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Gradius (Nemesis): Classic space shooting

Gradius is a classic arcade port on the NES, up there with Pac-Man and Galaga. Released with the title Nemesis in American arcades at the end of 1985, it established a new sub-genre: the side-scrolling shooter.

Konami brought it to the NES a year later (under its original Japanese title) with an outstanding port. Some compromises were made, such as removing the vertical-scrolling in some stages and the laser not going all the way across the screen, but it still looks and plays beautifully (flickering sprites notwithstanding). Nintendo's promise to bring fantastic arcade games into your living room was fulfilled.

Left: arcade; right: NES

In Gradius you control a space fighter jet called the Vic Viper that blasts away spacecraft, dodges myriads of bullets, and avoids obstacles. The gimmick of the game is that you choose which power-ups you want. Whenever you pick up a power-up icon, your menu option shifts to the right. The first option is speed-up, an essential first pick as the Vic Viper is just too slow otherwise. The next option is missiles. It's tempting to get these next, as they give you a second attack that shoots downward and then crawls along any surface until it finds a target. In the arcade, missiles had their own button, but since the NES only had two, they launch with your normal shot. This is a rare example of a necessary compromise improving the game, since it spares a second finger from having to mash a button.

The next item available is the double shot, a second shot that shoots upward at a 45-degree angle. This isn't that great, so I wait for the next item: the laser. Instead of shooting one bullet at a time, the laser mows down all enemies in a line. It's not as good in the NES version because it doesn't go all the way across the screen, but it's still strong. The item after the laser is called "multiple" in the arcade and, weirdly, "option" on the NES. Whatever you call it, it's powerful, as it gives you an orb that mimics you, shots and all. You can have up to two of these on the NES and a whopping four in the arcade. (Our little grey box can handle only so many sprites at once.) Lastly, the anonymous item on the far right is a protective shield that can absorb a lot of damage. A more defensive strategy is to save up for this rather than getting the laser. Or maybe start with the multiple! The fun is that you get to decide.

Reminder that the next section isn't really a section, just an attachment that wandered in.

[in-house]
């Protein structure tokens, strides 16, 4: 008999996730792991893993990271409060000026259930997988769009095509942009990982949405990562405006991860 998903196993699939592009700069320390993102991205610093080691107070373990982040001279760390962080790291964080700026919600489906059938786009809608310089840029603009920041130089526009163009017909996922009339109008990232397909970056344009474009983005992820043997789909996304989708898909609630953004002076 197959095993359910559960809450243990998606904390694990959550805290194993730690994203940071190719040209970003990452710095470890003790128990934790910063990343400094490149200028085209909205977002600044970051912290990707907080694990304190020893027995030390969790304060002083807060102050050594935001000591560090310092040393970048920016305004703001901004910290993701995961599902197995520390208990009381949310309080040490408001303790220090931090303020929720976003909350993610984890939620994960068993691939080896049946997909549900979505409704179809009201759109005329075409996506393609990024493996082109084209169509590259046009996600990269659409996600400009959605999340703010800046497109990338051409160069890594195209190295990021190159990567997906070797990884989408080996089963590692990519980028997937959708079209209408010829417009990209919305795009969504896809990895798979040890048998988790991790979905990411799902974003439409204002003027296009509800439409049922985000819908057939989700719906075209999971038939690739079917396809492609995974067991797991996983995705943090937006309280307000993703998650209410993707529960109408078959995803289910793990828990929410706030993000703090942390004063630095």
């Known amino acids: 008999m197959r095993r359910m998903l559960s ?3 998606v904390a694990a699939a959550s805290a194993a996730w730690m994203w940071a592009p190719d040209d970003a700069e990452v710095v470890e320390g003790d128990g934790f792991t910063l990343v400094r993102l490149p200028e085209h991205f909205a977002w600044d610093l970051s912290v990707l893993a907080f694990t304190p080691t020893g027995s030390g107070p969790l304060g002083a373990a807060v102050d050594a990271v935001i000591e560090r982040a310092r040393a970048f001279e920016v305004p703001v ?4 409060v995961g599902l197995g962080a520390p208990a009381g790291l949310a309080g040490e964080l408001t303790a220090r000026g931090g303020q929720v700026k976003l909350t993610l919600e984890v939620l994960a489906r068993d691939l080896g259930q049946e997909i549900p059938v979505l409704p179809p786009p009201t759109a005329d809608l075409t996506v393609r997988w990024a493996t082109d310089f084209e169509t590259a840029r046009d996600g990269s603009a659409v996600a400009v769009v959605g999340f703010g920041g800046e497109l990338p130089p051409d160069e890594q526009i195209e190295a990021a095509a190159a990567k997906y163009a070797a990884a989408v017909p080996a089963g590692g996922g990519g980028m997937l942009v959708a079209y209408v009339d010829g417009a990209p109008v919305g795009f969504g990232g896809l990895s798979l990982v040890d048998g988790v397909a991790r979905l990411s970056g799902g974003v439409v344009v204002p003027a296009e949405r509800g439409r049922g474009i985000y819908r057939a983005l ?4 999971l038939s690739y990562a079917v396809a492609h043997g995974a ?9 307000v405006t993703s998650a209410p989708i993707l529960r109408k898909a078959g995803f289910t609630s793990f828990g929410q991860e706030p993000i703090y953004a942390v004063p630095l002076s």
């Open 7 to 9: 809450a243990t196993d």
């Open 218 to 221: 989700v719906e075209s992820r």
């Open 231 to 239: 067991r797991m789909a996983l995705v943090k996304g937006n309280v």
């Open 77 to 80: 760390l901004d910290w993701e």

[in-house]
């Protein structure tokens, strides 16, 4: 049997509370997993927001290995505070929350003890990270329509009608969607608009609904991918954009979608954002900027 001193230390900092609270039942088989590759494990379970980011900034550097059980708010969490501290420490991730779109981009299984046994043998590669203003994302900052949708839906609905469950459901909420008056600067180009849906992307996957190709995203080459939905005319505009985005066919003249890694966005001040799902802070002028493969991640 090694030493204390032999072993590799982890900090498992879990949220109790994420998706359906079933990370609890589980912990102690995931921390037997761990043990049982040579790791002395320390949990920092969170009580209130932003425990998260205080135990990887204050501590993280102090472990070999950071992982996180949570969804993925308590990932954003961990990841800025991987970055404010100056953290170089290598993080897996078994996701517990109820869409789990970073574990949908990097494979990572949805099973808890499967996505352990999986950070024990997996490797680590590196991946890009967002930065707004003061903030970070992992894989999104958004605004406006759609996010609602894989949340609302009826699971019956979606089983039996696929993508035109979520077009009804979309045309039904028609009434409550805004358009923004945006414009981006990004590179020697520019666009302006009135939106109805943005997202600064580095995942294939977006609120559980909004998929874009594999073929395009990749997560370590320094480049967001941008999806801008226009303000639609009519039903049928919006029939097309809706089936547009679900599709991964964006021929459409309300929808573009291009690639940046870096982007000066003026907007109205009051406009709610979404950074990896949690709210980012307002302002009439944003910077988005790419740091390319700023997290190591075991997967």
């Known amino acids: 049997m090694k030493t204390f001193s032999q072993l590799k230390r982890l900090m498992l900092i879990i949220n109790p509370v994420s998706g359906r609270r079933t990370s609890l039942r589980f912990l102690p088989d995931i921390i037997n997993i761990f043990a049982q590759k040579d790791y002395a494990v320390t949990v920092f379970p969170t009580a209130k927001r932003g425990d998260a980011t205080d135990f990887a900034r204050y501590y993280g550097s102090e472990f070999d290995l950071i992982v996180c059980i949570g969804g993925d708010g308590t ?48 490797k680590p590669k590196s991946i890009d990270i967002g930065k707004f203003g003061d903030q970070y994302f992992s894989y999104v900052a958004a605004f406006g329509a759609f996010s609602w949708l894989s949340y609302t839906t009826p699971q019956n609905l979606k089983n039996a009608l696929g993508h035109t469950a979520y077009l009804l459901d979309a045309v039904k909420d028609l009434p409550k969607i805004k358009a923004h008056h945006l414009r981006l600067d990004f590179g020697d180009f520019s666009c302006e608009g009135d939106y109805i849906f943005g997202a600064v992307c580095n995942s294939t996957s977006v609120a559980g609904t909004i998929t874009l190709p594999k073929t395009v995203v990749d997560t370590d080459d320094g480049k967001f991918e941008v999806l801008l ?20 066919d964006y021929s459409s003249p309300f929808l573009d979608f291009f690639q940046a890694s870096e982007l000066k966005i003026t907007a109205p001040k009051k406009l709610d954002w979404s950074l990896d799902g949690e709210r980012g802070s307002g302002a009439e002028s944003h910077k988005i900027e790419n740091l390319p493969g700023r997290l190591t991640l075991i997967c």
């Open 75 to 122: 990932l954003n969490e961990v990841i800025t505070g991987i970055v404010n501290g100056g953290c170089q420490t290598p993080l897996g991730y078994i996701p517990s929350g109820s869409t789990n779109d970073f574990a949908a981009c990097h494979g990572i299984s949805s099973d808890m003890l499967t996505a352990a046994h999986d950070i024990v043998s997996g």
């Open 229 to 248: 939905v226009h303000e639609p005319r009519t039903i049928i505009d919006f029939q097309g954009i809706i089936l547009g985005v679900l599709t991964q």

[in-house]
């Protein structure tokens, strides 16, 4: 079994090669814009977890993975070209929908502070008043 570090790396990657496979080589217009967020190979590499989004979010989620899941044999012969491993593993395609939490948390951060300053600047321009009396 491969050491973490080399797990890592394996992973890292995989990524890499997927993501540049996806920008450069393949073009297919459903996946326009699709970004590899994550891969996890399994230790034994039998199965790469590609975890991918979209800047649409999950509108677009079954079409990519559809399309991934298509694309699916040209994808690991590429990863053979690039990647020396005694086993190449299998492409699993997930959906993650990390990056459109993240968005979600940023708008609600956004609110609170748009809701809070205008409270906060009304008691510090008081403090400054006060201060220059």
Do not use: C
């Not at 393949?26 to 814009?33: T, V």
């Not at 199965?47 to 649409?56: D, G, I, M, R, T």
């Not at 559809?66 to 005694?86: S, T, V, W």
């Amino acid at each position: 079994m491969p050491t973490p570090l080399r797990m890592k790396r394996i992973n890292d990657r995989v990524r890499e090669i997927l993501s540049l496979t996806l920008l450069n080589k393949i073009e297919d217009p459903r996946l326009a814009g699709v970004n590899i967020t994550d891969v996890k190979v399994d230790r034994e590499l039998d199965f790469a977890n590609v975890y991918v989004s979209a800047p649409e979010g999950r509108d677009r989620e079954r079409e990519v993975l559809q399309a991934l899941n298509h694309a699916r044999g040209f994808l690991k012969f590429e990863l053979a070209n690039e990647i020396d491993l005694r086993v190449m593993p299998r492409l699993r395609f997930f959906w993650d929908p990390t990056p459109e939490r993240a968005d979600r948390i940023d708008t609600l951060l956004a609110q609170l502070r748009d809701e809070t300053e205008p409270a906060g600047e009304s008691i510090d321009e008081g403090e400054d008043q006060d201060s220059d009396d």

On the other hand, you may not get much chance to decide, for Gradius is hard. Like Ghosts 'n Goblins, this is another one of those games that defines "NES hard." The main reason it's so hard is that when you lose a life, you also lose all your power-ups! You start from scratch at the most recent checkpoint. That's harsh. Without any power-ups, you're likely to lose your last two lives quickly, since whatever killed you before is even more likely to get you now that you're slow and weak.